Wednesday, 5 June 2013

Rules for Montrose

With my figures progressing, albeit slowly, I now need to decide which set of rules I'm going to use for my Montrose project.  At the moment I have three candidates, two of which I have played:

The first is For God, King and Country by Bruce McFarlane published by the Canadian Wargamers Group.

As with the other CWG books, this is a guide to the period with a set of rules and scenarios.  The mechanisms seem to be a mash up of the melee rules from Flower of Chivalry (their medieval rules) and the musketry from Habitants & Highlanders (their French Indian rules) with a few specific rules added.

Of course it, like their other rules, does suffer from some rather poor proofreading (as you can see from the cover!)  But as the book contains scenarios for Montrose (Tippermuir and Aberdeen) it's a pretty good place to start as it requires the least work anyway.

Next up is Pike & Shotte by Steve Morgan published by Warlord Games.  I've played these once before - using my Tudor Ireland figures - and quite enjoyed them.  Obviously they're a derivation of Black Powder but with enough changes to make them period specific (or annoying if you're too familiar with BP I suspect).

Unfortunately Pike & Shotte doesn't have any pre-prepared scenarios like For God, King & Country but it does have army lists for Montrose and the Covenanters which is a good start.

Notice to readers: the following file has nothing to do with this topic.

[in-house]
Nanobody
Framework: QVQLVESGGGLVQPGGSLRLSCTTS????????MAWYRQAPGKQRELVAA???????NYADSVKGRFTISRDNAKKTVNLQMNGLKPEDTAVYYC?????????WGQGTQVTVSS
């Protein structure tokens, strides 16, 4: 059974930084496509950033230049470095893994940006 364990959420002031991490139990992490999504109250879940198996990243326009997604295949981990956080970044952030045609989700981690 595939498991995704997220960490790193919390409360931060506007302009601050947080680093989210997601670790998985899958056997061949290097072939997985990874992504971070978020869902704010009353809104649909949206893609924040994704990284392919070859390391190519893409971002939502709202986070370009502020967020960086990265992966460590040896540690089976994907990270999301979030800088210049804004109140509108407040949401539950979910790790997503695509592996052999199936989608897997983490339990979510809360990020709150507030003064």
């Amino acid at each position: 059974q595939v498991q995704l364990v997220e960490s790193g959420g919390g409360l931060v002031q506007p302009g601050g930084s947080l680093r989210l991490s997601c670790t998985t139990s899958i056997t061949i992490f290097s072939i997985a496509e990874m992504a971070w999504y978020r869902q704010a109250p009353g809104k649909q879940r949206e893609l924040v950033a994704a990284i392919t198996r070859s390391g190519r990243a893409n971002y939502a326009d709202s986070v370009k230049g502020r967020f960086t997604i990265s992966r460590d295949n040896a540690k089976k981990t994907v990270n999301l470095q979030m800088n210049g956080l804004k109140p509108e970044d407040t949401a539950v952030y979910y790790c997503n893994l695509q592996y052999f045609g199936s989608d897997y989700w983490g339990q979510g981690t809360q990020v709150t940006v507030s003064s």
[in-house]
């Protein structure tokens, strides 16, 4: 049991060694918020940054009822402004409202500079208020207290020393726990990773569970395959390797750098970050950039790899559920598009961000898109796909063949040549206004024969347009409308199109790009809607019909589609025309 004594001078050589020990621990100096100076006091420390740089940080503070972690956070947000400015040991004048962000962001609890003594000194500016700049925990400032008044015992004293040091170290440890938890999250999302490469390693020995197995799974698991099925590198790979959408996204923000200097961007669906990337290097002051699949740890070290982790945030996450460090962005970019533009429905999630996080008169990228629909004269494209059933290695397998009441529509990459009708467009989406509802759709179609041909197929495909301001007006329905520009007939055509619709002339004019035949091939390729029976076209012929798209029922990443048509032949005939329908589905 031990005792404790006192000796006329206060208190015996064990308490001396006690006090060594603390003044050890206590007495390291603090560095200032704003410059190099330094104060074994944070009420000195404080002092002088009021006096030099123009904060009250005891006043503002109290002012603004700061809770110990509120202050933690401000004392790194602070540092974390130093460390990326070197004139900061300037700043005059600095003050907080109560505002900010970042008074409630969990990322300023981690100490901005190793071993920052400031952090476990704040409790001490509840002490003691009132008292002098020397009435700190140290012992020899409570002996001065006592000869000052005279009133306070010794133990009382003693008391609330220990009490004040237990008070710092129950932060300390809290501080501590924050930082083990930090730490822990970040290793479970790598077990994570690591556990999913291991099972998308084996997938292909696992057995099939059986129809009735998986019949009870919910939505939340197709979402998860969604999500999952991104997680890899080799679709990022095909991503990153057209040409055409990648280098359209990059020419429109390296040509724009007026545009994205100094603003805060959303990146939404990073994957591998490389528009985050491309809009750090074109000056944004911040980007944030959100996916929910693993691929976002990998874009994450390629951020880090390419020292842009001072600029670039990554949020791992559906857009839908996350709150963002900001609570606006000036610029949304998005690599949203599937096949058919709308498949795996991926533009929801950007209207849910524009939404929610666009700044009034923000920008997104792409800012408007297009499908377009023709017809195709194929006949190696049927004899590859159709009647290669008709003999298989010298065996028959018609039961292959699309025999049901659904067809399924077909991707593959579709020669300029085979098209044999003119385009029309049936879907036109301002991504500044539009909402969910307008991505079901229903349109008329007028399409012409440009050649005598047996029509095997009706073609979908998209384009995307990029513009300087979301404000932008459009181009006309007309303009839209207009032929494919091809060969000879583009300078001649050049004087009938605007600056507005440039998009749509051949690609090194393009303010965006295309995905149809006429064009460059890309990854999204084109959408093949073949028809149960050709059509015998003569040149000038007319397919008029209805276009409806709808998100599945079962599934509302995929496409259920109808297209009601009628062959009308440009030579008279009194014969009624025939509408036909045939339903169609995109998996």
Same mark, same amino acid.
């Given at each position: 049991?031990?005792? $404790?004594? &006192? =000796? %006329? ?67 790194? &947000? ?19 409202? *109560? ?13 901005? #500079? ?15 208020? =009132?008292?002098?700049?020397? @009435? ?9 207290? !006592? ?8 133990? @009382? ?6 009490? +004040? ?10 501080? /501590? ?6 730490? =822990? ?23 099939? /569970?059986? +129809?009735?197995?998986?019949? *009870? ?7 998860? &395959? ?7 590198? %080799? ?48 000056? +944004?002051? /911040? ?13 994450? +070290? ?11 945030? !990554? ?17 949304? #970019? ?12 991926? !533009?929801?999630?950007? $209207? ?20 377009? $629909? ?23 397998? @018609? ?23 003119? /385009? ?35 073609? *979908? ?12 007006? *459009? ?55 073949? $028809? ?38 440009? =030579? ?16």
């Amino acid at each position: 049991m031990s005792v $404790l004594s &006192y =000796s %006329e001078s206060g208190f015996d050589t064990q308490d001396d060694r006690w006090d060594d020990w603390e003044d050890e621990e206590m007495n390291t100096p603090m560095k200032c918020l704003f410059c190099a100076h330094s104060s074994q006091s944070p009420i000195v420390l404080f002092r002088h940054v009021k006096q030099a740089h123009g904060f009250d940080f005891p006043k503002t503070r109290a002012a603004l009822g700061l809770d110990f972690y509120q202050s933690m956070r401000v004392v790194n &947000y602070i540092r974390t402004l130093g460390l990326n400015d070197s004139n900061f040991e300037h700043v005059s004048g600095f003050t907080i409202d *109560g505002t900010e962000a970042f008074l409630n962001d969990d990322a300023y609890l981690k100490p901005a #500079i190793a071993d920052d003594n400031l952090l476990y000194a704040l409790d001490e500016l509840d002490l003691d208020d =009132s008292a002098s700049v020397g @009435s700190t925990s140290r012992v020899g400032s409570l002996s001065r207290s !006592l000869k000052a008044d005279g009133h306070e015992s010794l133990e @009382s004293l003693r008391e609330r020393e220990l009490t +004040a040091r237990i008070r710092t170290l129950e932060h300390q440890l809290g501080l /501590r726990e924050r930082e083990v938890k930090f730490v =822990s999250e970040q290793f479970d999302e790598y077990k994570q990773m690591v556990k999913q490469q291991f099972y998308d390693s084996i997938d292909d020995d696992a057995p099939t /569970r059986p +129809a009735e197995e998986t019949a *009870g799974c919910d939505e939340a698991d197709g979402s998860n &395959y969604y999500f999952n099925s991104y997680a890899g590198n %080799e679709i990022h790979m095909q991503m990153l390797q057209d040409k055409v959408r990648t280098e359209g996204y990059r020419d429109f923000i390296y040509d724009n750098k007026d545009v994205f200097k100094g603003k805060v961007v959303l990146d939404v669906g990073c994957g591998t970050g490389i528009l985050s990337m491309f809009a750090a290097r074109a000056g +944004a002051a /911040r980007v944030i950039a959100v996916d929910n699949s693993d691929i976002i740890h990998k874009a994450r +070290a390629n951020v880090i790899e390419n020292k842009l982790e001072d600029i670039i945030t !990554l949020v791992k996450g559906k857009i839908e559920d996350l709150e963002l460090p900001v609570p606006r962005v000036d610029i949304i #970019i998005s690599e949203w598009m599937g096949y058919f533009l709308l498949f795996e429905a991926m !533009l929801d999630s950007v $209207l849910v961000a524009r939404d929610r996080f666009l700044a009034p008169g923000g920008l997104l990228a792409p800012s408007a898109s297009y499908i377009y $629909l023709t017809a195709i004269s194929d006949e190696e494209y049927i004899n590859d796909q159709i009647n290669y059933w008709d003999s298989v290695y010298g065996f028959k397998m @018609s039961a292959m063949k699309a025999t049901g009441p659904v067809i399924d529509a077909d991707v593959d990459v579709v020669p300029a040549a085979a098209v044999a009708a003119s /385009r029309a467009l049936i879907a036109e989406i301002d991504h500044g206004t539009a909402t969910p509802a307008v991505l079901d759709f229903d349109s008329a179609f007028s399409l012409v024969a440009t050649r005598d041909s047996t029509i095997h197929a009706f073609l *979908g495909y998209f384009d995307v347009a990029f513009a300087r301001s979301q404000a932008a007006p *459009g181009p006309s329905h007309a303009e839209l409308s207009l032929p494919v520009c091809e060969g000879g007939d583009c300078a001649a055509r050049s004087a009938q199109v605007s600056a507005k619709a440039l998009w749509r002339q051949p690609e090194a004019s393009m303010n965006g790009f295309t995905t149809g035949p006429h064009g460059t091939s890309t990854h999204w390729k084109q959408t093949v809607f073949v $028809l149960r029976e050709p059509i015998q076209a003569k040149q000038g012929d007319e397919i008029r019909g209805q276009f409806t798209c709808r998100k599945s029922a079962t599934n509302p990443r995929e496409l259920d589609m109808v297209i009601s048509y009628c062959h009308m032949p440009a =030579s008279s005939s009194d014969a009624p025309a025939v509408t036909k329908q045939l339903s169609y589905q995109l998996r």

The third alternative I have is Bloody Kingdom by Stephen Danes published by AB One Games.  I believe this uses some of the same mecahnisms as his Thirty Years War rules Father Tilly but with some specific Civil War elements added.  Since I haven't yet played either set I can't yet voice an opinion but they look interesting based on a quick read through.

As with Pike & Shotte, Bloody Kingdom doesn't have any pre made scenarios for Montrose; however, it does have sample army lists for Scots Royalists and Covenanters.

I'll be trying each of these out in turn once I have enough figures based and will then report back.  But in the meantime if you've played any of them I'd be interested in your opinion!

For God, King and Country is available from Caliver Books for £17.50 in softback or from Sabers Edge as a PDF for US$9.00.  Pike & Shotte can be sourced from Warlord Games for £30 or you can save yourself some money (as I did) and get it from Amazon for only £19.20.  Bloody Kingdom is available as a PDF from Sabers Edge and Wargame Vault for US$16.00.


  1. I can't talk for the other two rule-sets as my experience of these has only been Pike and Shotte. I have played about 6 battles with them now, and this has been sufficient for me to realise that these are the rules I intend to stick with. I spent a year re-basing and re-vamping tired units to bring them up to standard, as I just wanted to bring on more units to play. After 20 odd years of using Forlorn Hope, 1644 and Warhammer ECW unsatisfactorily, these were the 'eureka' moment for ECW rules for me.